Troupe lets its young audience alter the endings of its skits

May 24, 1994|By Mary Gail Hare | Mary Gail Hare,Sun Staff Writer

The Just Say No troupe from Liberty High School dramatizes the negative but stresses the positive in its skits for elementary schoolchildren.

The 10-member group takes its message on the road to county schools and allows the members of its young audiences to rewrite the endings to its original dramas.

During hour-long presentations at Freedom, Runnymede and Sandymount schools last week, the students acted out scenes dealing with peer pressure, substance abuse, cheating on tests, shoplifting, vandalism and other conflicts that the younger children might encounter in their growing years.

"The group improvises skits to show kids they can say no and still be cool," said senior Agnes Mattegunta. "We care about these kids and want to help."

The cast was dressed in white or black T-shirts printed with "Just Say No to Drugs" or "Drugs Destroy." Many children in the audience wore red T-shirts that read, "I say no to drugs."

While each scene finished with the players making wrong choices, the troupe gave the young audience a chance to rework the ending.

"What could I have done?" junior Shawniqua Richardson asked the children after a scene that concluded with a teen-ager's arrest for shoplifting a gift.

Suggestions ranged from asking for more allowance money to shopping for something less expensive.

"Your gift is supposed to be from the heart," said one child. "Stealing isn't from the heart."

When Shawniqua and sophomore Maria Eppig replayed the scene, they used the children's ideas to resolve the character's conflict. "I don't want to steal," said Maria in an about-face. "I'll check out putting the locket on layaway until I have the money."

The actors sprawled across the stage as they sketched a typical high school party scene for the children. When coaxing from peers led a character to take her first drink, many children sighed.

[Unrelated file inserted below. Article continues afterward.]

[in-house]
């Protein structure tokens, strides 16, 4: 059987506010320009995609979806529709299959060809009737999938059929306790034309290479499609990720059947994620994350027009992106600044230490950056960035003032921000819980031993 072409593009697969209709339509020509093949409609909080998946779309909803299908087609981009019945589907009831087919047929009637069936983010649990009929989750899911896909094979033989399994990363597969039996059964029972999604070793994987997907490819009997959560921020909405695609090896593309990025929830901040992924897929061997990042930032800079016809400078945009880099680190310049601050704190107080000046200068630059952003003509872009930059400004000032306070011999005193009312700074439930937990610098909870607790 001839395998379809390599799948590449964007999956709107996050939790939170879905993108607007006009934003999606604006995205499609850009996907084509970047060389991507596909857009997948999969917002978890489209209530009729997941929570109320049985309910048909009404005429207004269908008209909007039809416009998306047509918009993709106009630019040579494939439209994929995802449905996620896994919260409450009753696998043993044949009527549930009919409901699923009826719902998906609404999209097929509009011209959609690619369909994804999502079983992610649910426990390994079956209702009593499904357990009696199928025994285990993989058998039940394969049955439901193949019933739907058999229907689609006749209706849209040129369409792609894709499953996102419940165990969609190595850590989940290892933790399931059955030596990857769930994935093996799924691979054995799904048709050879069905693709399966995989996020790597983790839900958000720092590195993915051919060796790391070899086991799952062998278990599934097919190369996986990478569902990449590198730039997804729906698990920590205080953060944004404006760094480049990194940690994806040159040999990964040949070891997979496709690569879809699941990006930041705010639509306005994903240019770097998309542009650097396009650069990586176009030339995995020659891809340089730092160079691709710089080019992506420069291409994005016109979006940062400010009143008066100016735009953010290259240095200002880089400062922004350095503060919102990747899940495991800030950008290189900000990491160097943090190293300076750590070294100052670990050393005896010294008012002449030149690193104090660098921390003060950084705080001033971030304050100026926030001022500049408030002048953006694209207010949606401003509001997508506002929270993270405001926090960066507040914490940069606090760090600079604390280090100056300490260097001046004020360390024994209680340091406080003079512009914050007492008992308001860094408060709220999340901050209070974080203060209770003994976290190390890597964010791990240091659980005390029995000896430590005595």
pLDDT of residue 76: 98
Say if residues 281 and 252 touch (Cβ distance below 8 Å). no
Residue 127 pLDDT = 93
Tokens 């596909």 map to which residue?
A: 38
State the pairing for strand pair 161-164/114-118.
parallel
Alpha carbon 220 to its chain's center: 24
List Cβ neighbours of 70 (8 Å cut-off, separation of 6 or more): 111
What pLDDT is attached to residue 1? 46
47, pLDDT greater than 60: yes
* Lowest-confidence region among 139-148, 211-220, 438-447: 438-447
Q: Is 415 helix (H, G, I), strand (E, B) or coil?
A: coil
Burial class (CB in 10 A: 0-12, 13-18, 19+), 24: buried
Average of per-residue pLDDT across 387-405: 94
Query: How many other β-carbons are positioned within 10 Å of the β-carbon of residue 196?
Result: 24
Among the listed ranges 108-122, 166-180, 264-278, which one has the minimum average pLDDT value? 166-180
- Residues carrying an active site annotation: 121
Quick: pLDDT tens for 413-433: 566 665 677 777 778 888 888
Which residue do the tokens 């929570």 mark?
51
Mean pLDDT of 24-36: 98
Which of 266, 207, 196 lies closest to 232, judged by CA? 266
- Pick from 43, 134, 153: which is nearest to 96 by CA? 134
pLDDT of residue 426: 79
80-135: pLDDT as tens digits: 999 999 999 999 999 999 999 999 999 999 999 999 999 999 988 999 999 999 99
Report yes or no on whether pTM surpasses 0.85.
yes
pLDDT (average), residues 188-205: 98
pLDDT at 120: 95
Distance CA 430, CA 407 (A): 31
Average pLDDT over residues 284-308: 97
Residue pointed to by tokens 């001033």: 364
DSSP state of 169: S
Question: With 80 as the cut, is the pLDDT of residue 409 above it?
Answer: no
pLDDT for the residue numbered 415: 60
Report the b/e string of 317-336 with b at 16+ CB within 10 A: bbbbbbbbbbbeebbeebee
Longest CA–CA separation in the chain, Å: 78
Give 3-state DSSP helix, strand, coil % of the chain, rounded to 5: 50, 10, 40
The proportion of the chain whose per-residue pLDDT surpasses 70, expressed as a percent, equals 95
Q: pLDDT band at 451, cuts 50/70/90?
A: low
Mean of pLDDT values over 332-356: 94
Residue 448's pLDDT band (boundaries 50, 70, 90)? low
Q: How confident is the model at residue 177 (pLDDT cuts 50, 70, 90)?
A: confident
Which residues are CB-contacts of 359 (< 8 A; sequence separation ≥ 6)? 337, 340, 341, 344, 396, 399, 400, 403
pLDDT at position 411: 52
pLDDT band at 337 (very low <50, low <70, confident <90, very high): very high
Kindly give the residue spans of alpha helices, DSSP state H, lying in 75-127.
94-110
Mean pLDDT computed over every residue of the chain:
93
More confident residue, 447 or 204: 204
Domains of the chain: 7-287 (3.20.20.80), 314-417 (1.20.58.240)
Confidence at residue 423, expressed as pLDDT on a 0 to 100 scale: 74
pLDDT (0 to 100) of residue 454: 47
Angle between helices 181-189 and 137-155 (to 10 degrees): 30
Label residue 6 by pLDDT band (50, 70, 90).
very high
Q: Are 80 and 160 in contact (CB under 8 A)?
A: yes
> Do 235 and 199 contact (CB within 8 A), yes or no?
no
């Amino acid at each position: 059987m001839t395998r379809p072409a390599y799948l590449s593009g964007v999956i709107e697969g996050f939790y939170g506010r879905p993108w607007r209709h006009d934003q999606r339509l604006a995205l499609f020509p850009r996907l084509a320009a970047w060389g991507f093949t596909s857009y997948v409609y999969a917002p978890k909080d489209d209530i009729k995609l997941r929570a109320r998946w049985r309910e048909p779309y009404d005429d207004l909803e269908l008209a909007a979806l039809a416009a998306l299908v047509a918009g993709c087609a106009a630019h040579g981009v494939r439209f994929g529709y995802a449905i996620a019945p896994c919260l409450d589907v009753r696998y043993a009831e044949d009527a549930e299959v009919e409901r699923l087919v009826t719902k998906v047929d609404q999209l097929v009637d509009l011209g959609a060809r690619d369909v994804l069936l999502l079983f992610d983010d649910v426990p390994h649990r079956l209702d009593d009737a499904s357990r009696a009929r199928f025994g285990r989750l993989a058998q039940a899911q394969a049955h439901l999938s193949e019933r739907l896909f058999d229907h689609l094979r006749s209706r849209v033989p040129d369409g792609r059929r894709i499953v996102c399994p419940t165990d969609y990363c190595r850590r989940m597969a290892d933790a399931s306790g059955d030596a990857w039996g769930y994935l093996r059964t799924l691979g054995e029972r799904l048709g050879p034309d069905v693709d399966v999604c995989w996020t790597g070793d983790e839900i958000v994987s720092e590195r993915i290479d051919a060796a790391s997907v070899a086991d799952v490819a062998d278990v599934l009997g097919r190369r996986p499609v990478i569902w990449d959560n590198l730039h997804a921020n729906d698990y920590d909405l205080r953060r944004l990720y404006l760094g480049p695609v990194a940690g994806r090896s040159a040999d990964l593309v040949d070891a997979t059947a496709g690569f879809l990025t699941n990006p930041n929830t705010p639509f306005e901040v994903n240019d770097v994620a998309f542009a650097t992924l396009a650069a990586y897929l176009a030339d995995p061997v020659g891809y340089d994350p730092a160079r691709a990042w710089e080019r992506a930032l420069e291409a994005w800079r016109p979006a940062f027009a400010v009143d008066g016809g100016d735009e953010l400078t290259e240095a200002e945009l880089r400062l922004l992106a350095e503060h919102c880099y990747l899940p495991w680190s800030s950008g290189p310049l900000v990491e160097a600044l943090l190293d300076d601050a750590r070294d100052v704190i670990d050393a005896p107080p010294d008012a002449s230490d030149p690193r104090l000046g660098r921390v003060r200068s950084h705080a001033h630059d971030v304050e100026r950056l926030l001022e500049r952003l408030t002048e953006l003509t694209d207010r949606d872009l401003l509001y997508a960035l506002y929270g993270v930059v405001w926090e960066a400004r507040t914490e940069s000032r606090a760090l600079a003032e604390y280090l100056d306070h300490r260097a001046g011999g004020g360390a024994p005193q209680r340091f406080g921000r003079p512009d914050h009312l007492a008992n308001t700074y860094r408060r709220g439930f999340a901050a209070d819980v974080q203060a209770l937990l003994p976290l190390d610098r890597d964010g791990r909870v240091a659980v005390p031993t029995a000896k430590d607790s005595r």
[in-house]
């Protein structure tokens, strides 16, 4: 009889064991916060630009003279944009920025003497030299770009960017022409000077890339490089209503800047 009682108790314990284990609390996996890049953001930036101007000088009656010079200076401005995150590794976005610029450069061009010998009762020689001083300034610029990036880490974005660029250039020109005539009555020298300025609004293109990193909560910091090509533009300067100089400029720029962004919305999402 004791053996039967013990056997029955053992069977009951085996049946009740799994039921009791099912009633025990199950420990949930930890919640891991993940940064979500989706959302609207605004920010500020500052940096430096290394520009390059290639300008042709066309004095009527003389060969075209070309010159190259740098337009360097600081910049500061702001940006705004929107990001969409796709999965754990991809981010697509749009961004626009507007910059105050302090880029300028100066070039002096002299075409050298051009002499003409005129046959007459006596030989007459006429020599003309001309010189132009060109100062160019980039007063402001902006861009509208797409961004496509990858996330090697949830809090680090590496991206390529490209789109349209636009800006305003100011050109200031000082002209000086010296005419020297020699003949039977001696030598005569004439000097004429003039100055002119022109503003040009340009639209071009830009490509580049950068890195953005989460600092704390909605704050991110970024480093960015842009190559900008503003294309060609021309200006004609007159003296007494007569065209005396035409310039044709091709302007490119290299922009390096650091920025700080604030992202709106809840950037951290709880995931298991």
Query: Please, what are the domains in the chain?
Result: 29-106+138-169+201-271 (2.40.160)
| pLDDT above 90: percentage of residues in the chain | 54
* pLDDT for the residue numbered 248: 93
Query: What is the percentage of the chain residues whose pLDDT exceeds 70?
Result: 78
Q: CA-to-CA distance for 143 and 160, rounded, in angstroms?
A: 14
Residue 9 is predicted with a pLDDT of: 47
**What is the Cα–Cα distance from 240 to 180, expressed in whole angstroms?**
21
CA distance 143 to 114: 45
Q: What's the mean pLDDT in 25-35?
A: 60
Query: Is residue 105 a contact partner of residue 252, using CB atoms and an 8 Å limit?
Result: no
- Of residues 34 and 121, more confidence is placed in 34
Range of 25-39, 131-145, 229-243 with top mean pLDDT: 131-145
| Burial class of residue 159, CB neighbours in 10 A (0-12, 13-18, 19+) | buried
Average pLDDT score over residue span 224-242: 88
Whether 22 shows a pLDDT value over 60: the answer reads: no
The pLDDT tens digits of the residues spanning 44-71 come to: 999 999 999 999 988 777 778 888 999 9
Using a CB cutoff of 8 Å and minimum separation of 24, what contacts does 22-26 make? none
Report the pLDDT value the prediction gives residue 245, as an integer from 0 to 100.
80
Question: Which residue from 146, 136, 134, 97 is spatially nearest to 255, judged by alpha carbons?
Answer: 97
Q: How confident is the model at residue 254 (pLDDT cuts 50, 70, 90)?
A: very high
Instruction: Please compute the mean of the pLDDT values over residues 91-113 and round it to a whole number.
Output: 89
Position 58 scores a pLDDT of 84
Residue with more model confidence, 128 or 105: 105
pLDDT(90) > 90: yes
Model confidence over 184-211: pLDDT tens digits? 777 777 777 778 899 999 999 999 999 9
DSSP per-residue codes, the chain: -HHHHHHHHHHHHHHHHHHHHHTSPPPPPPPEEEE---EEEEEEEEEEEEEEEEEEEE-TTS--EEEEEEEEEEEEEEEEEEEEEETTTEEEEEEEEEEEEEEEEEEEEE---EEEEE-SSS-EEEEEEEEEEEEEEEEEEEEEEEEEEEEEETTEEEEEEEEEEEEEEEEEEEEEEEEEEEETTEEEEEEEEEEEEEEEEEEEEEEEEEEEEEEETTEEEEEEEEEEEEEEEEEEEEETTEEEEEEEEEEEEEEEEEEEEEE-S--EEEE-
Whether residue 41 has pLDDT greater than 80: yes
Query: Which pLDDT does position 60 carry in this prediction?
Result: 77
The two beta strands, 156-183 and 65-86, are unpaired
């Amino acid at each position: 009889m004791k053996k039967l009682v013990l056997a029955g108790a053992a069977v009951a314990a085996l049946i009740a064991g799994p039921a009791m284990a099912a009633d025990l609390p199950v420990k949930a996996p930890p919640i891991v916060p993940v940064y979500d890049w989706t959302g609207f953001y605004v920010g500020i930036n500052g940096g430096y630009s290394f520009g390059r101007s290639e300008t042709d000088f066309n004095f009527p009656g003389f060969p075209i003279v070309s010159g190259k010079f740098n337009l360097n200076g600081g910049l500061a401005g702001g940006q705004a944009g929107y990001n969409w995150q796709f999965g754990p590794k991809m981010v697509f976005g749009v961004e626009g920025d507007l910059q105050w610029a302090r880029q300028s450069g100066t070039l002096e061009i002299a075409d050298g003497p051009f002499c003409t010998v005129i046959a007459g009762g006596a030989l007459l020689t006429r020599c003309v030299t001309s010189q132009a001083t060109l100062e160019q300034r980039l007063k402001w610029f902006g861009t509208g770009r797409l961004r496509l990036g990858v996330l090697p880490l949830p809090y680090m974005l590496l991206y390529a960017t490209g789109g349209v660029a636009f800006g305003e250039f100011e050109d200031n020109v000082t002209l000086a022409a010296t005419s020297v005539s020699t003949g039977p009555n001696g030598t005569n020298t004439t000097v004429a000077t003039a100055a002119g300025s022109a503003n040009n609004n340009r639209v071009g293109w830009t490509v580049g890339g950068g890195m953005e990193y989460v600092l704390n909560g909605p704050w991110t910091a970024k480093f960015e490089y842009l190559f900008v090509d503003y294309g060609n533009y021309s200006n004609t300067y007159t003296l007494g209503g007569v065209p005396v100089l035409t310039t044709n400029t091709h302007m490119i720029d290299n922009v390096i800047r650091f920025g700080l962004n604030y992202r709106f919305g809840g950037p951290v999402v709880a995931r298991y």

Again the cast asked, "What would you do?"

The responses came readily: "Tell them they could get alcohol poisoning" and "Tell them it's illegal." Everyone clapped at another child's answer: "I don't want anybody dying from alcohol or drugs."

In a replay of the scene, Shawniqua, the lead character, walked away from the party.

"I thought I could make friends with you all, but if this is the way you act, I don't want anything to do with you," she said.

Kathy Schnorr, Liberty drama teacher and adviser to the troupe, said alcohol is a major problem for students as young as middle school.

Nearly all the high school students could recount an incident where drinking and driving had caused major problems.

In the final scene, two actresses shared an imaginary marijuana joint. The auditorium, filled with about 100 children, fell silent.

"Tell her to get out of your house if she wants to smoke," said one child at the conclusion.

After several skits and remakes, the troupe took time to talk with the children. Members of the cast introduced themselves with smiles and asked for questions from the children.

"You can ask us anything, including what size shoe I wear," said senior Mike Cutsail with a laugh.

The children took a more serious tack with, "Were you ever offered drugs?" Mike said he had overheard two students talking about "joints" recently and he "just stayed away."

While Mike advocated "showing you care" for friends who need help and guidance, he cautioned the children to remain firm in their resolve to avoid drugs. That sometimes means avoiding some people, he said.

"If you are the type who gets sucked in, don't hang around those people," said Shawniqua.

Ms. Schnorr said she hoped the children learned how better to handle peer pressure -- "a major factor in young lives."

"Make your decisions and stick by them," she said.

Maria reinforced her teacher's advice. "Say no the first time and every time," she said.

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